Arm Your Sales Reps With Knowledge: The Experian SKM Story


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As a multibillion-dollar global information services company, Experian is dedicated to helping organizations and consumers make commercial and financial decisions with greater confidence and control. Its stated goal is for Experian’s people, data and technology to become a necessary part of every major consumer economy around the world.

That’s clearly a client-centric vision. But how do you accomplish that?

Looking at the corporate goal, you can see how the company’s credit and marketing reporting services are based on the data the company collects and analyzes. These are delivered over the firm’s client-focused technology platform, so it is easy to understand how those elements are key to Experian’s success. But it was the people part of the equation that interested me the most when I recently had the opportunity to talk with Kelli Stephenson, Experian’s vice president of Sales Effectiveness.

Salespeople tend to sell what they are most comfortable with.

Experian’s client-facing people make up a worldwide sales force of external, field-based reps, inside telesales reps and channel partners. At first glance, you might assume you are dealing with a commodity when you are selling something like credit information that clients can get from other sources. But Stephenson doesn’t see it that way: “What we are focused on is providing actionable insights to our clients, not just information.”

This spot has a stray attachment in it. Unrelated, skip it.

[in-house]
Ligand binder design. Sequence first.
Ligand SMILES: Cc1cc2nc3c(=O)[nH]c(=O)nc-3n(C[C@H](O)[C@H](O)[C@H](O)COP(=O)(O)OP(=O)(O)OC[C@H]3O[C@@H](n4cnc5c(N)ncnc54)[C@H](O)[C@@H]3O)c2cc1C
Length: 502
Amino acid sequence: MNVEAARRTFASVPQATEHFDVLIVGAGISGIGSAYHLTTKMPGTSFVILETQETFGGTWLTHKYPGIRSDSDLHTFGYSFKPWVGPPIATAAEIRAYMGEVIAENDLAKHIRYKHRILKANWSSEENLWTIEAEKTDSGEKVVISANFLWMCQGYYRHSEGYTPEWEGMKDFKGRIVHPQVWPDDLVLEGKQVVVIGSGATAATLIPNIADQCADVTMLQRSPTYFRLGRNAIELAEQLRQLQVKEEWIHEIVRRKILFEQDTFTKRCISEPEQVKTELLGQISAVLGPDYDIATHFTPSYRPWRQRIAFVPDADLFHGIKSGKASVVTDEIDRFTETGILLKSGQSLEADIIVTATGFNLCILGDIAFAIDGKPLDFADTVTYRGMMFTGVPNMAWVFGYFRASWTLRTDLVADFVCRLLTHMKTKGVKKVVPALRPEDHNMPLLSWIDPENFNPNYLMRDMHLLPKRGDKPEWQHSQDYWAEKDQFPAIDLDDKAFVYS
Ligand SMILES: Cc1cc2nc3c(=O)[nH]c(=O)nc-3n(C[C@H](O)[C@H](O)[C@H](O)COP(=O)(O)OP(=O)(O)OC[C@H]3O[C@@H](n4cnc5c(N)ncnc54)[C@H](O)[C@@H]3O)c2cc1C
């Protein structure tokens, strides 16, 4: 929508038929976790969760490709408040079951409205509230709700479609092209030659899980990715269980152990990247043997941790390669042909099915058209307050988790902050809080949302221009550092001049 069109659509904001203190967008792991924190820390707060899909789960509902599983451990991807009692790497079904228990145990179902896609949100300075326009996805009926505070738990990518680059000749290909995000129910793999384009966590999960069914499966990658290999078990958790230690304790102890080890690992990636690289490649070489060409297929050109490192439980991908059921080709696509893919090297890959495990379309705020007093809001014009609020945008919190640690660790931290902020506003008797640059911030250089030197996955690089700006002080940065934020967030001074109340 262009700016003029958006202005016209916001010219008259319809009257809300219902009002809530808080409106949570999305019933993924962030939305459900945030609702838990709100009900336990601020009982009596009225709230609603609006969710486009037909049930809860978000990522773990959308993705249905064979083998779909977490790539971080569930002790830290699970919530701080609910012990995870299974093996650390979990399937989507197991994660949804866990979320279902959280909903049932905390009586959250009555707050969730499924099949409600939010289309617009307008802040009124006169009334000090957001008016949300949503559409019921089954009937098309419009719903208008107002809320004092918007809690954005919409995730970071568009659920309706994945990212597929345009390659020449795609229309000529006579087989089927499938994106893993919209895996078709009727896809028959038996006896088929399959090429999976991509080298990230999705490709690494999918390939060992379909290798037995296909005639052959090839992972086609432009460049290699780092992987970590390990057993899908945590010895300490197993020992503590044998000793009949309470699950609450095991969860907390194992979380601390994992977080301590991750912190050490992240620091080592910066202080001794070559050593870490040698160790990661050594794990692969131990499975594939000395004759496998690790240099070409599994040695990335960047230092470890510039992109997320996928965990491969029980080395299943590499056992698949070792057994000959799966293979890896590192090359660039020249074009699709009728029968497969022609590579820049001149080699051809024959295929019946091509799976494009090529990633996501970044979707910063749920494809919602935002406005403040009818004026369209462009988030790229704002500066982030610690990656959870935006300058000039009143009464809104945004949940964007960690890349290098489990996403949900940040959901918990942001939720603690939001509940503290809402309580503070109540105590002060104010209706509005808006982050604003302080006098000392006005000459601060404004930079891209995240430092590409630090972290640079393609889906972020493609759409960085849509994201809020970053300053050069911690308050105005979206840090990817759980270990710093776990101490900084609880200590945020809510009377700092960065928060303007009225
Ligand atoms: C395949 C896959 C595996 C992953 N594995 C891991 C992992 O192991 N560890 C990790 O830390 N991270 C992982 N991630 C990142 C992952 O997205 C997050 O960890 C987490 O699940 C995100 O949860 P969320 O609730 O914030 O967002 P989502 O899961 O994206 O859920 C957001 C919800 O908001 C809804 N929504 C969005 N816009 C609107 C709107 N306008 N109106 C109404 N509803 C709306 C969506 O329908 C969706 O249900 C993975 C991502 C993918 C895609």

To do that, Experian needs to empower its sales reps to successfully differentiate themselves in the marketplace. Stephenson’s team is focused on ensuring that the company’s sales professionals have access to their own actionable insights—and they do that using a very innovative sales knowledge management (SKM) technology platform.

The genesis for Experian’s SKM initiative started in 2004. Previously, the company had a bid team in place to help reps develop customized, client-focused responses to RFPs. But the process was based on “liveware”; in other words, people—members of the bid team—collected, synthesized and leveraged the best information available on a bid-by-bid basis. Experian’s management decided to move this knowledge base into a technology framework.

The initial automation of the bid process allows Experian to achieve a high level of standardization across all the bids that were generated. Through word-of-mouth across the sales force, the internal demand for access to the service grew, so Experian decided to take the project to the next level in 2007, when the company migrated to a software-as-a-service (SaaS)-based platform.

Insight access

This move provided several addition advantages. The first was in insight access. Now reps could search for knowledge by business need or industry, versus just by product. The second was the expansion of content managed by the system. Not only does the application manage bid information and templates, but also, it can support creating custom messaging for all types of client communications, such as letters, presentations and collateral.